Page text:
It can’t be the end of January already? But there you go, the calendar does not lie. And we’re already looking forward to a bunch of great books in February.
Post by Brenda Cooper
Top YA novel of the month is probably Post by Brenda Cooper. Society has collapsed, but Sage is safe in the Oregon Botanical Gardens. Unfortunately, Sage is restless and curious and wants to find out what life is like outside the refuge. It turns out to be much more dangerous than she imagined in a world without law, but there’s no way back to the garden.
Caine’s Mutiny by Charles E. Gannon
Earlier volumes in this sequence have already earned Gannon a couple of Nebula Award nominations, so it will be interesting to see if this new novel can repeat the trick. It certainly looks like it has been designed to push all the buttons of fans of the previous Caine Riordan novels. This time he’s out to catch the raiders who are terrorising a distant planet. But his bosses have another agenda in mind, and it could end with him in front of a firing squad.
The Stars are Legion by Kameron Hurley
Kameron Hurley made a name for herself with the brutal and popular God’s War trilogy. Now she has turned her talents to space opera, and the result is every bit as grim, bloody and haunting as you’d expect. Zan has no memory of who she is, but in the middle of a genocidal war she finds she has to lead a rag-tag band of followers on a doomed attempt to take over the world-ship, Mokshi.
All Our Wrong Todays by Elan Mastai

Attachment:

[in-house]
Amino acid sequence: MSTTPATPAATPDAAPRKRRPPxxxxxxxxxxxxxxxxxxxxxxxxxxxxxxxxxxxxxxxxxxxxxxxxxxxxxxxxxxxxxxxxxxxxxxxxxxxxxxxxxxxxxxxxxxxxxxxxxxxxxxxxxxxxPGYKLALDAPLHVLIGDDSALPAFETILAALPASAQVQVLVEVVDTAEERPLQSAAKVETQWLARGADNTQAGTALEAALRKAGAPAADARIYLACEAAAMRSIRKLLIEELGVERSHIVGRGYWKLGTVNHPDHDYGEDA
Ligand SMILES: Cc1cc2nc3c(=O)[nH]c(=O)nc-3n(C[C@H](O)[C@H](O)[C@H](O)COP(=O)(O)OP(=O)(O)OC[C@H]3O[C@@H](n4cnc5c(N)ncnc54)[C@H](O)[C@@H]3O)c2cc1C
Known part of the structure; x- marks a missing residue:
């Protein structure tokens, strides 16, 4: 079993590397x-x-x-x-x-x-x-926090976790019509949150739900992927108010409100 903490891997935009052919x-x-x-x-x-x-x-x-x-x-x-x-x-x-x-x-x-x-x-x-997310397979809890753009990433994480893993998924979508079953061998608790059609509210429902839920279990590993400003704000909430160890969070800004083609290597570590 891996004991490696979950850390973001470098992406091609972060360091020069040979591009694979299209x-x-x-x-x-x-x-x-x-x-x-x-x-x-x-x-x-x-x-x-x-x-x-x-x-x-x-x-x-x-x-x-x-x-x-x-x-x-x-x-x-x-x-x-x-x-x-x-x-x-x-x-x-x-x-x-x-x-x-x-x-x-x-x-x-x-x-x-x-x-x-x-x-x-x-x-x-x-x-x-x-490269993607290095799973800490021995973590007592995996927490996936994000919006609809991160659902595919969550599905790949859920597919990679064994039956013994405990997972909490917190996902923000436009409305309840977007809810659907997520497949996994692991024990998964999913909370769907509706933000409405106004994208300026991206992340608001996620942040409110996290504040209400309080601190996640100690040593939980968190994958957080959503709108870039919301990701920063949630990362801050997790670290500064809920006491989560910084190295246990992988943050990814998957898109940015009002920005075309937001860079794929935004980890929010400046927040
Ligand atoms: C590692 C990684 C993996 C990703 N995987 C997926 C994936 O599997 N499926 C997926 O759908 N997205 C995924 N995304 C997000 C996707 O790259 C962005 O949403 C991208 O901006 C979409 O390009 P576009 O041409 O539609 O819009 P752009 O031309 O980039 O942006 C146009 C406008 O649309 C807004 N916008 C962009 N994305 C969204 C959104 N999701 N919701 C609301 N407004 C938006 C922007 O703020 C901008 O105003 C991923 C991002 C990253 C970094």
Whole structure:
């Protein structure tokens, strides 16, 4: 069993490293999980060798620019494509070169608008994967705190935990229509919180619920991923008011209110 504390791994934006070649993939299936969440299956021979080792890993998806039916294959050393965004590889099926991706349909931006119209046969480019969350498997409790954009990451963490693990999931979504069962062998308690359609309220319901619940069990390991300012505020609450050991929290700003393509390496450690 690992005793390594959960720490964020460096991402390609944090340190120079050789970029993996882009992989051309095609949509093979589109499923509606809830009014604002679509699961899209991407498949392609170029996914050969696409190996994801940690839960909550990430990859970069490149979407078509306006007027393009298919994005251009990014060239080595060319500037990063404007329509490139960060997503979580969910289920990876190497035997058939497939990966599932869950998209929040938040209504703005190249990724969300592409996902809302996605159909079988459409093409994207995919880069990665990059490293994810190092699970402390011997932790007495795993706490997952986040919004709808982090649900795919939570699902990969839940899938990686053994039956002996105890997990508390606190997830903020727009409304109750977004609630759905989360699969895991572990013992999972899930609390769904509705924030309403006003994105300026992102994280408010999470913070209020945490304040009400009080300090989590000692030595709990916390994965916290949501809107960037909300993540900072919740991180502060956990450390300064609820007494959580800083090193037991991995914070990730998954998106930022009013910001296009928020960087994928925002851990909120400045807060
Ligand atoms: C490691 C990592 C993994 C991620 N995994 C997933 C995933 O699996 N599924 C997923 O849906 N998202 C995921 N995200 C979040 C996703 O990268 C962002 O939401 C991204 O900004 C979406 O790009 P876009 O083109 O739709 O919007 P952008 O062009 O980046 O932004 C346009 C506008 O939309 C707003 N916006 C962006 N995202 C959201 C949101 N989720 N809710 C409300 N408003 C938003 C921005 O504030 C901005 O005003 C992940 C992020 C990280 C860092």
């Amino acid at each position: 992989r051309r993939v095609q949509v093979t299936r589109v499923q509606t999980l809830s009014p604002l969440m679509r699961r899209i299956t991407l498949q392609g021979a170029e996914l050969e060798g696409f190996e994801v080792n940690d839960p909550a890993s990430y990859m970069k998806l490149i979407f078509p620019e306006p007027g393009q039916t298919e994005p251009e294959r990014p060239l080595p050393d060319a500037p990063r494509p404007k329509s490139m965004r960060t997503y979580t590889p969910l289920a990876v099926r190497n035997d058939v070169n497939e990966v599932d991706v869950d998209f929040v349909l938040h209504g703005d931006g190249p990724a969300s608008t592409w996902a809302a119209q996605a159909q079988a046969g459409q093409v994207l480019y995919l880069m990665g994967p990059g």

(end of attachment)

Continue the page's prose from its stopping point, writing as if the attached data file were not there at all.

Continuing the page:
This is the first novel by an award-winning screenwriter, and it has all the flair for storytelling and visual images that you’d expect. Our hero, Tom, lives in the 2016 we always dreamed we’d inhabit, a utopia of flying cars and moon bases and plenty for everyone. But when he goes time travelling, something goes wrong and he finds himself stuck in our 2016, a world that is distinctly dystopian to Tom. Except that, against the odds, Tom seems to be happier here; so he faces the choice of changing history to restore utopia, or staying in a terrible world where he is happier.
Revenger by Alastair Reynolds
This came out in Britain last year, but it’s now finally appearing in the US. It’s a rollicking adventure story involving space pirates, buried treasure, phantom weapons, ancient technologies, and a quest for vengeance.
Lincoln in the Bardo by George Saunders
This is the first novel by multi-award winning short story writer George Saunders, and he’s chosen to tell a tale that’s composed of a dazzling mixture of history and the supernatural. Little more than a year after the start of the Civil War, President Lincoln’s 11-year-old son Willie died. But in this novel Willie finds himself in the bardo, the place of transition between life and death. There, surrounded by ghosts who quarrel and seek penance, he becomes the centre of a tremendous battle for his soul, a battle that reflects the war then being fought on Earth.
A Perfect Machine by Brett Savory
Brett Savory mixes science fiction with horror in this remorseless new novel. Henry Kyllo spends his days running from the Hunters who are out to kill him. He is a member of the Inferne Cutis, a secret society that is part of a long war. The question is: what happens when a Runner achieves ascension? And is Henry Kyllo going to be that runner?
The People’s Police by Norman Spinrad
Norman Spinrad has long been one of science fiction’s more notable satirists, and this new novel is no exception. A cop trying to organise a police strike, a brothel owner and a voodoo queen are brought together in a complex tale of politics and corruption in New Orleans, in which Papa Legba himself, the gatekeeper of the voodoo world, takes a part.
From Nebula and Hugo Award–nominated Carolyn Ives Gilman comes Dark Orbit, a compelling novel featuring alien contact, mystery, and murder.
Reports of a strange, new habitable planet have reached the Twenty Planets of human civilization. When a team of scientists is assembled to investigate this world, exoethnologist Sara Callicot is recruited to keep an eye on an unstable crewmate.